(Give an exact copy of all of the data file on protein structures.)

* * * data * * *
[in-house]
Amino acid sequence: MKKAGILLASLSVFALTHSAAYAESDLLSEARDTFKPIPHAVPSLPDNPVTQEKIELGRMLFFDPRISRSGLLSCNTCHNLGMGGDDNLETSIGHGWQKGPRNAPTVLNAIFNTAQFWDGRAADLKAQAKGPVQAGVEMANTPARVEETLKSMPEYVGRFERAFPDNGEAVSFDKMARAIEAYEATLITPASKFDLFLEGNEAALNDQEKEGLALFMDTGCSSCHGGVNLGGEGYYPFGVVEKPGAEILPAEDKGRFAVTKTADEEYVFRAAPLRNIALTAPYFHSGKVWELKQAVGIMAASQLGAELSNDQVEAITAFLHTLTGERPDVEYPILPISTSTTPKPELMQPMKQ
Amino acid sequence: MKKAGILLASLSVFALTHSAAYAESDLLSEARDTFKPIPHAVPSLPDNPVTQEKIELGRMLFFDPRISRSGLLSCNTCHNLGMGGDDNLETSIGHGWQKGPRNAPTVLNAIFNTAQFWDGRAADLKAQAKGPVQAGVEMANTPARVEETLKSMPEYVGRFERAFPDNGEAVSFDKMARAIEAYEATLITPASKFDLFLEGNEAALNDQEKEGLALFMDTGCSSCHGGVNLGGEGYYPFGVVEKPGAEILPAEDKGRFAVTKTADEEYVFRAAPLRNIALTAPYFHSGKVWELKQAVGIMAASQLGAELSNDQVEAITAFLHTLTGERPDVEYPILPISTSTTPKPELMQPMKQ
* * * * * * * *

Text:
[in-house]
Amino acid sequence: MKKAGILLASLSVFALTHSAAYAESDLLSEARDTFKPIPHAVPSLPDNPVTQEKIELGRMLFFDPRISRSGLLSCNTCHNLGMGGDDNLETSIGHGWQKGPRNAPTVLNAIFNTAQFWDGRAADLKAQAKGPVQAGVEMANTPARVEETLKSMPEYVGRFERAFPDNGEAVSFDKMARAIEAYEATLITPASKFDLFLEGNEAALNDQEKEGLALFMDTGCSSCHGGVNLGGEGYYPFGVVEKPGAEILPAEDKGRFAVTKTADEEYVFRAAPLRNIALTAPYFHSGKVWELKQAVGIMAASQLGAELSNDQVEAITAFLHTLTGERPDVEYPILPISTSTTPKPELMQPMKQ
Amino acid sequence: MKKAGILLASLSVFALTHSAAYAESDLLSEARDTFKPIPHAVPSLPDNPVTQEKIELGRMLFFDPRISRSGLLSCNTCHNLGMGGDDNLETSIGHGWQKGPRNAPTVLNAIFNTAQFWDGRAADLKAQAKGPVQAGVEMANTPARVEETLKSMPEYVGRFERAFPDNGEAVSFDKMARAIEAYEATLITPASKFDLFLEGNEAALNDQEKEGLALFMDTGCSSCHGGVNLGGEGYYPFGVVEKPGAEILPAEDKGRFAVTKTADEEYVFRAAPLRNIALTAPYFHSGKVWELKQAVGIMAASQLGAELSNDQVEAITAFLHTLTGERPDVEYPILPISTSTTPKPELMQPMKQ